Qaiser’s ancestral house opens for a day of mourning

On Friday late night 23-year-old Qaiser Amin Bhat, who was run over by a paramilitary CRPF vehicle during clashes at Nowahata in Srinagar, succumbed to injuries after battling for life for several hours.
Soon after his death, people of Malik Angan locality in Fateh Kadal where Qaiser was born and brought up, and his aunt and uncle with whom he lived at Dalgate until Friday, had an intense deliberation as both wished to bury Qaiser in their locality.

Finally, Qaiser’s neighbours had their way as it was finally decided to perform his last rites at Fateh Kadal.
As the first light set on Saturday, Qaiser’s two sisters, accompanied by their uncle and aunt, drove from their Dalgate house to Fateh Kadal where grief descended on Qaiser’s ancestral two-storey stone and brick house.
As people thronged in large numbers to express condolences and sympathy, inside in a small dimly-lit room, men and women sat together to mourn over Qaiser’s death.

Qaiser, an orphan and eldest among the three siblings, did his schooling from Saint Solomon High School and later attended S P Higher Secondary School.
However, fate had something else in store for Qasier.
“He couldn’t continue studies as his parents died one after another,” the relative said.
His mother died of cancer in 2008.

A few months later, his father Muhammad Amin Bhat died of heart attack.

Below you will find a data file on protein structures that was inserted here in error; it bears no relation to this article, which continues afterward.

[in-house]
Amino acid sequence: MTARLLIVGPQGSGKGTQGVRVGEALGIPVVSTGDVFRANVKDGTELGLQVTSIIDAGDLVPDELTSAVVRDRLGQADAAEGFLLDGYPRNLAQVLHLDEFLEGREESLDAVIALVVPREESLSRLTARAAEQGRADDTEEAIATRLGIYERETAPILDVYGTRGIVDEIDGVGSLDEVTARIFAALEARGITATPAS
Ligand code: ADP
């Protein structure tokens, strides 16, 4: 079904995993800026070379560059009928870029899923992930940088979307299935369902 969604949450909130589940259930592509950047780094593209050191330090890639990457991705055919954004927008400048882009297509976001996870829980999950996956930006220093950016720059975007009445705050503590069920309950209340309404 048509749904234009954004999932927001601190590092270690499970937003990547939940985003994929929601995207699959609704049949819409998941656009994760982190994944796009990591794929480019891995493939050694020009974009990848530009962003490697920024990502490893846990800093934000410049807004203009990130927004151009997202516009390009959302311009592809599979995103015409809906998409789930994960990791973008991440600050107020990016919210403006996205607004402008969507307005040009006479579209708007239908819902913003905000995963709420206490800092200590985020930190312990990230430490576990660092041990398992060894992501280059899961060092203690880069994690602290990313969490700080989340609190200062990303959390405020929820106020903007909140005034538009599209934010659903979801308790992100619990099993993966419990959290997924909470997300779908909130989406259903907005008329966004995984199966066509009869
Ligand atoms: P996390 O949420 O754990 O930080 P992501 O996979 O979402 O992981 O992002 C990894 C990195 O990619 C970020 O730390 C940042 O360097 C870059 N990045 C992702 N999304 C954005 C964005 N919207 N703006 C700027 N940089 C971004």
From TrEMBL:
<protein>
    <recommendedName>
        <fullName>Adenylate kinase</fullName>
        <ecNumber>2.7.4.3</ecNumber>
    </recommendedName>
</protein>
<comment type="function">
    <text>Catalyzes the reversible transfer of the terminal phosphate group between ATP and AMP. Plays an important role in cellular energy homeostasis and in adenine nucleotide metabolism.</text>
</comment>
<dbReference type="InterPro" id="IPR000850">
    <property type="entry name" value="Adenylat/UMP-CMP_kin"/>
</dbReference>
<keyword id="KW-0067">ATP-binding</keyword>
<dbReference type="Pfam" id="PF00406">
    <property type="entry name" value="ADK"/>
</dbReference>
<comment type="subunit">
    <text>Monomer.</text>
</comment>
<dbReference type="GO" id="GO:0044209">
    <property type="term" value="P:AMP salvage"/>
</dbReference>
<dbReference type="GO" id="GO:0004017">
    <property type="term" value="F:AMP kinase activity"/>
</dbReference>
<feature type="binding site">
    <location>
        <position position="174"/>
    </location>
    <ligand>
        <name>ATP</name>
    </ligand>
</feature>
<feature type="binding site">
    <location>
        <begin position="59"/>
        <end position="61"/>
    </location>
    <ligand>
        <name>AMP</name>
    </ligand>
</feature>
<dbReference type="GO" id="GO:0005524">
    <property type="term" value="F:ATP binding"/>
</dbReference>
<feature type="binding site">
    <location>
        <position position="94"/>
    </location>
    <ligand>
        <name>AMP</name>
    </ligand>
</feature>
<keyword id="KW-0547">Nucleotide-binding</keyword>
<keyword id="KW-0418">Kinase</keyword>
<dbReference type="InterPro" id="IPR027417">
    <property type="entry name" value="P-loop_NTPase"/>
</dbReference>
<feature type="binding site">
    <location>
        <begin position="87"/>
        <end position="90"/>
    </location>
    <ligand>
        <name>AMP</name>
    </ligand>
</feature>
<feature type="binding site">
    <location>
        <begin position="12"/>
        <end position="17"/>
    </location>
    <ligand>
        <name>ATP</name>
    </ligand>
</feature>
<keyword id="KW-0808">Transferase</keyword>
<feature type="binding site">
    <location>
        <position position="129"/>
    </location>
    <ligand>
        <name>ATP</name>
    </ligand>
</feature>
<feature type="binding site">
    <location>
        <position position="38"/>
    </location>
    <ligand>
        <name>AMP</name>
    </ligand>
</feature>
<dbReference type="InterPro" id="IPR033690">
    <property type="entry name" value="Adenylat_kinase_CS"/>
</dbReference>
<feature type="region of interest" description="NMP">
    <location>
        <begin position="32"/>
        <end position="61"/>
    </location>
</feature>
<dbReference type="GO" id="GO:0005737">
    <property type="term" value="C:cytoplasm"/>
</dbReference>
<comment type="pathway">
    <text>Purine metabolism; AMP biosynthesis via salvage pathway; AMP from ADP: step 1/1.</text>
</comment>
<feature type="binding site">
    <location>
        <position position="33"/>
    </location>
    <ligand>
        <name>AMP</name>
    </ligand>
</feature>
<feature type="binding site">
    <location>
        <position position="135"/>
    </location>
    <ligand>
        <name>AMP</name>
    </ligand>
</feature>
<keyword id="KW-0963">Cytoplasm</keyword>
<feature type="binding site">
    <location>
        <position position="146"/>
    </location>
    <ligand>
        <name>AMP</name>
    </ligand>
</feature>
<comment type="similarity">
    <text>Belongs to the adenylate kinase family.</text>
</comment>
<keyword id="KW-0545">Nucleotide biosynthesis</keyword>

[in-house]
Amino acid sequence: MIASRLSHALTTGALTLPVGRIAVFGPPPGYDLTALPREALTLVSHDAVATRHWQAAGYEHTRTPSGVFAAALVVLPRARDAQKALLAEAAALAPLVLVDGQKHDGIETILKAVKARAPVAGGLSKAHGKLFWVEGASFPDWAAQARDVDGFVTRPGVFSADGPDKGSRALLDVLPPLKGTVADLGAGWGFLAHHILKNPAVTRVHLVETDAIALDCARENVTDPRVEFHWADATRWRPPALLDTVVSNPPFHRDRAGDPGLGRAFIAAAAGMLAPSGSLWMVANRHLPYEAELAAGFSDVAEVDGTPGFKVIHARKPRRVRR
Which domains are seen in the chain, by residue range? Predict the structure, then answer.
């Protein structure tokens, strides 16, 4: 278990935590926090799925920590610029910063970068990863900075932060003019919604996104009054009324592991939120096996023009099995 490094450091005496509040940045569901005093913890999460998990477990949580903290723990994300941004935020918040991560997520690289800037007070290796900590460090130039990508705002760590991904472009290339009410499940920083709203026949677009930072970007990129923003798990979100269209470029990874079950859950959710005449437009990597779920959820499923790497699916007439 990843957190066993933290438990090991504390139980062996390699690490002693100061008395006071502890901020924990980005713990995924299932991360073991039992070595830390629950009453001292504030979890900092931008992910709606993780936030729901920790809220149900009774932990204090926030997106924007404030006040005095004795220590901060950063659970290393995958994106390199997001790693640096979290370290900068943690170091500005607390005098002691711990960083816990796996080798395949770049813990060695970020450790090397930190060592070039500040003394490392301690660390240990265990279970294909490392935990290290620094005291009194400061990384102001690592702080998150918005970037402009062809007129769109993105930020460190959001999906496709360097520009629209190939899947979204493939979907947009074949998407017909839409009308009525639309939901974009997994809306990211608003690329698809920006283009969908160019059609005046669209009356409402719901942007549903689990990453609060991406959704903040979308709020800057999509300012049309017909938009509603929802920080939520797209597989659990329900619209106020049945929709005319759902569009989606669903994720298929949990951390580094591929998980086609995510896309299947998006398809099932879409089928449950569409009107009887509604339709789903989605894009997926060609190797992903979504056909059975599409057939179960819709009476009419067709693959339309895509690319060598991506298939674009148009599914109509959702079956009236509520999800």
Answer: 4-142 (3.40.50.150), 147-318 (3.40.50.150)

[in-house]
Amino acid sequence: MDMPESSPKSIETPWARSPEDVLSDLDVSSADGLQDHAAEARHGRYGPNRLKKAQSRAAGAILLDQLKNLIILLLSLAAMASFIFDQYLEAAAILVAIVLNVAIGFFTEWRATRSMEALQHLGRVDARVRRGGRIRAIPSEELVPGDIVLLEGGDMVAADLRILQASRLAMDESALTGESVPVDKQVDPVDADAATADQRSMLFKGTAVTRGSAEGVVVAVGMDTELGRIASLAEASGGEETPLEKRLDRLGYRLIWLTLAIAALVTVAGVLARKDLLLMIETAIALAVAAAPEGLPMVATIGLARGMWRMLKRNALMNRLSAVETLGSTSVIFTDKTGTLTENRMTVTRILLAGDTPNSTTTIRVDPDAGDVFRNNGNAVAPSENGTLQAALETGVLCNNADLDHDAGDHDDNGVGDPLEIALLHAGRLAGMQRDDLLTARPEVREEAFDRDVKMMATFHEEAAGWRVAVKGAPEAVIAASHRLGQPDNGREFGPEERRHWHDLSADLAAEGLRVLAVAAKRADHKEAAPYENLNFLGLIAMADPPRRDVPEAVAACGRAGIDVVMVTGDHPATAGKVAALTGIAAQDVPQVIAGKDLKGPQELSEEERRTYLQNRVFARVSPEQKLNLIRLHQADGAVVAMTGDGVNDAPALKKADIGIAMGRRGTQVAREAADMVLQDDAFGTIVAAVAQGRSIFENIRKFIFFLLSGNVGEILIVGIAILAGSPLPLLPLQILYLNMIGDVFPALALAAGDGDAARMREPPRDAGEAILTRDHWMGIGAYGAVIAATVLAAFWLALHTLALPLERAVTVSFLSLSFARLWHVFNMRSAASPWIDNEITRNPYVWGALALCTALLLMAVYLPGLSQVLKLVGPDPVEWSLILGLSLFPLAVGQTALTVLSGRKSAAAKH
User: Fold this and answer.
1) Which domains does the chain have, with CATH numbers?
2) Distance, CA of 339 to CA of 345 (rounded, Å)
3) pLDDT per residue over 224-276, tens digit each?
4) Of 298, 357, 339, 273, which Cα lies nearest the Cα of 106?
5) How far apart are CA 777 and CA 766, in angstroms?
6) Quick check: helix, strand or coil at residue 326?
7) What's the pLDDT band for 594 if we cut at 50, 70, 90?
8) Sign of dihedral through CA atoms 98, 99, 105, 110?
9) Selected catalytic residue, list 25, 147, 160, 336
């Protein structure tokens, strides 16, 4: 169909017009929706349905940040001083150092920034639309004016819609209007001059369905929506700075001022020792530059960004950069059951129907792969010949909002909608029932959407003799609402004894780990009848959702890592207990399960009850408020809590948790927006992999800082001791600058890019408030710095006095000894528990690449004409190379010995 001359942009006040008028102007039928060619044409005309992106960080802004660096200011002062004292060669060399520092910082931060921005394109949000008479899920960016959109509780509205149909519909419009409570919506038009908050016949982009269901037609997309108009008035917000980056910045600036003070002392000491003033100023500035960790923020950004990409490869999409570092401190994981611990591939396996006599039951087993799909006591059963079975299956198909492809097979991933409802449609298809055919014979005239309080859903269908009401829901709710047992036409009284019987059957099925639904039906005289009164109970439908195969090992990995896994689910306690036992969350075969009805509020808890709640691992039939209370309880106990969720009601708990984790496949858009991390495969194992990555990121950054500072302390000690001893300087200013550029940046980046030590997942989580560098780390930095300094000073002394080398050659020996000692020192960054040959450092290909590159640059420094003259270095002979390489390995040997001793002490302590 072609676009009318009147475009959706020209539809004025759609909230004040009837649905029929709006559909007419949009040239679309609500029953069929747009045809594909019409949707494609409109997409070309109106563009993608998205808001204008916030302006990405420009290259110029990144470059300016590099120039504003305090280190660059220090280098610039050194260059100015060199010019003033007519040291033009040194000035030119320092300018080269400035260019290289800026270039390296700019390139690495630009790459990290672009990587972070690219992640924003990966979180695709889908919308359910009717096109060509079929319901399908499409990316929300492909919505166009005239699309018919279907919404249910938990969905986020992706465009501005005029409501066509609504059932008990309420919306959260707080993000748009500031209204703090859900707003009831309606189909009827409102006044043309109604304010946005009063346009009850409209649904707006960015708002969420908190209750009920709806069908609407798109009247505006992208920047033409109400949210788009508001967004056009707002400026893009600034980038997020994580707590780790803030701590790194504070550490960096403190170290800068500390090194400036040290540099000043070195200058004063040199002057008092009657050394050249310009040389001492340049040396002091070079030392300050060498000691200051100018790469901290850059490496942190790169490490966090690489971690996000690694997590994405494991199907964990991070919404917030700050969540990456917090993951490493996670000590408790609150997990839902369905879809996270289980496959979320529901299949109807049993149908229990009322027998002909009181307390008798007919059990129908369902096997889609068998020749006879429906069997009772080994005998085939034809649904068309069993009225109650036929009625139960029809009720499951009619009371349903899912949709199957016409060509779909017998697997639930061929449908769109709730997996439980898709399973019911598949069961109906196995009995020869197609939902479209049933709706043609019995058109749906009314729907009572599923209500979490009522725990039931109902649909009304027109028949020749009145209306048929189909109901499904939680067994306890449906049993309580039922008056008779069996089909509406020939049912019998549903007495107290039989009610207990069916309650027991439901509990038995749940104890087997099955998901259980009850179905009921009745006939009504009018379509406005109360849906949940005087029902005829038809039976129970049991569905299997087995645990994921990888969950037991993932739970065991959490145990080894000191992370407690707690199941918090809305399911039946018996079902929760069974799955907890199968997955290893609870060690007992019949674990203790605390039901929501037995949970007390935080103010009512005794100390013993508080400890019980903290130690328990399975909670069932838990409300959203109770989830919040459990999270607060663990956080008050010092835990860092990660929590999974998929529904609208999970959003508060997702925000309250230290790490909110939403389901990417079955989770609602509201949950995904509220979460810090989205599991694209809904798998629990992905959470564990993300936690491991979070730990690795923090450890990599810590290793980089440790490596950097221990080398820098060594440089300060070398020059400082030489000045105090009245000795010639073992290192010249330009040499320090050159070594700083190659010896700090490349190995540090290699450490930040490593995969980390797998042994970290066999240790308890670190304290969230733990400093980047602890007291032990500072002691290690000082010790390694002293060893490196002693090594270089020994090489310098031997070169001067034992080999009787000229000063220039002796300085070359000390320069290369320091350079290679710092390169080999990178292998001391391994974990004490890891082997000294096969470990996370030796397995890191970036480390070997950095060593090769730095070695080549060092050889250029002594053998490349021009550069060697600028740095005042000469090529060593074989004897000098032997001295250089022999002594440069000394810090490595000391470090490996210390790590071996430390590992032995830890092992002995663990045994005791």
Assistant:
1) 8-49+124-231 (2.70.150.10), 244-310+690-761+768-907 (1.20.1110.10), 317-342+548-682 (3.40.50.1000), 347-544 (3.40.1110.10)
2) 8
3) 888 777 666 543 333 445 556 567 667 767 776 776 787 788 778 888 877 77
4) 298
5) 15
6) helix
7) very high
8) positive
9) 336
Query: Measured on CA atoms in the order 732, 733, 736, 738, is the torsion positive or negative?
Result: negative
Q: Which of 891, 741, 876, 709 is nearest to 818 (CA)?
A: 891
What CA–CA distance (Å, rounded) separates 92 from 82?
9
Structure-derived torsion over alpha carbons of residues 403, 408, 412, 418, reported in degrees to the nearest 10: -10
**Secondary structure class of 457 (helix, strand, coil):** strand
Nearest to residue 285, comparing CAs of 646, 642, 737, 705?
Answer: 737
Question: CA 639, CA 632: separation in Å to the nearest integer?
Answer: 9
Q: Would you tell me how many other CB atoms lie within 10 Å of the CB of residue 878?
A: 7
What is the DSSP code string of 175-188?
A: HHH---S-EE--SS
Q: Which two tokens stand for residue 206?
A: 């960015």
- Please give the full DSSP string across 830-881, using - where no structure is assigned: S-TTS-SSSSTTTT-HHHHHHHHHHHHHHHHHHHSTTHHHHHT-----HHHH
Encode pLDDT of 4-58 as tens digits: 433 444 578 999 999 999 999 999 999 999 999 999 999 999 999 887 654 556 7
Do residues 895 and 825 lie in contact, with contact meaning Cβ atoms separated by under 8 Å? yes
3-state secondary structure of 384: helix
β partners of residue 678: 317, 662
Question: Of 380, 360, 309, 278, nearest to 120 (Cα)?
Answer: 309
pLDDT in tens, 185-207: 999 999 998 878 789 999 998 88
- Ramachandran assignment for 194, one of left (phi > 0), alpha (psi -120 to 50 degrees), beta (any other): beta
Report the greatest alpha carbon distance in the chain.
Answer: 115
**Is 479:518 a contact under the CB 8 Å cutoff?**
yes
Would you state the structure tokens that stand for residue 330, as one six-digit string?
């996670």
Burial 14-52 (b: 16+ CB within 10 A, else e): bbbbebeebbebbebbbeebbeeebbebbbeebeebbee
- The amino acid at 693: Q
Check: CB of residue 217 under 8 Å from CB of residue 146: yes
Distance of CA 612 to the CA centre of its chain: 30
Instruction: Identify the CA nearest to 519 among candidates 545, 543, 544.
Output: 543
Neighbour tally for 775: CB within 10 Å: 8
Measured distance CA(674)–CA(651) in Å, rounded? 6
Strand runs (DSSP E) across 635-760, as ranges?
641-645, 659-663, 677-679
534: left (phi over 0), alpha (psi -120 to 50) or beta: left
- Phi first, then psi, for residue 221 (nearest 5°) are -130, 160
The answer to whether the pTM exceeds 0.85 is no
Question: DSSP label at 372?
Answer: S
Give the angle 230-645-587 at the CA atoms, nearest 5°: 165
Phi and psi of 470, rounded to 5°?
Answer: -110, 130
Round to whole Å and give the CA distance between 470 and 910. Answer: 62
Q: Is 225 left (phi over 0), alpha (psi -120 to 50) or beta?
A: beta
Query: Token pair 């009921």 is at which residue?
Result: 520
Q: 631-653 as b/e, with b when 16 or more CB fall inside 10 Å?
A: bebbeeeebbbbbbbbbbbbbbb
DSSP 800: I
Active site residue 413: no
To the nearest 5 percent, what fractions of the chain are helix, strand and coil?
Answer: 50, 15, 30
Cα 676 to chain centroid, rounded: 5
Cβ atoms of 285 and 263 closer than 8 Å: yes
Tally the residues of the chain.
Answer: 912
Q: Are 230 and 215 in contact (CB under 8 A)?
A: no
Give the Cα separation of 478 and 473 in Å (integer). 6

According to the relative, Bhat was Kashmiri handicraft dealer in Delhi and Qaiser used to help him with business at events.
“After death of his parents, he was too young to take over the business and his siblings were adopted by their paternal aunt and uncle, who live in Dalgate,” the realtive said. “He was trying to get into his father’s business to earn support for the family but this was not his fate.”
He is survived by sisters, Tayiba, who is pursuing a law degree and Iffat, an 11th standard student.
According to a relative, Qaiser’s Fateh Kadal house was closed since two tragedies in a year and was opened on Saturday after a decade to attend to mourners.
“Qaiser’s family and one of his uncles lived jointly in the house but after the death of Qaiser’s parents, the house remained closed,” the relative said.
Inside the house, Toyiba and Iffat sat between crowds of wailing mourners.
As they wailed, relatives and neighbours surrounded them and consoled them.
Another relative said, Qaiser was fasting regularly and had been learning and reciting the holy Quran from his sister.
On Friday, Qaiser woke up five minutes before the Sehri time and took his pre-dawn meal.
He dressed in the traditional attire and got ready to attend Friday congregational prayers.
His sister had asked him to recharge her phone, which was the last favour he could do her.
In the afternoon, a Tata mini-bus arrived at the house and Toyiba and Iffat came out of their ancestral home and boarded the bus.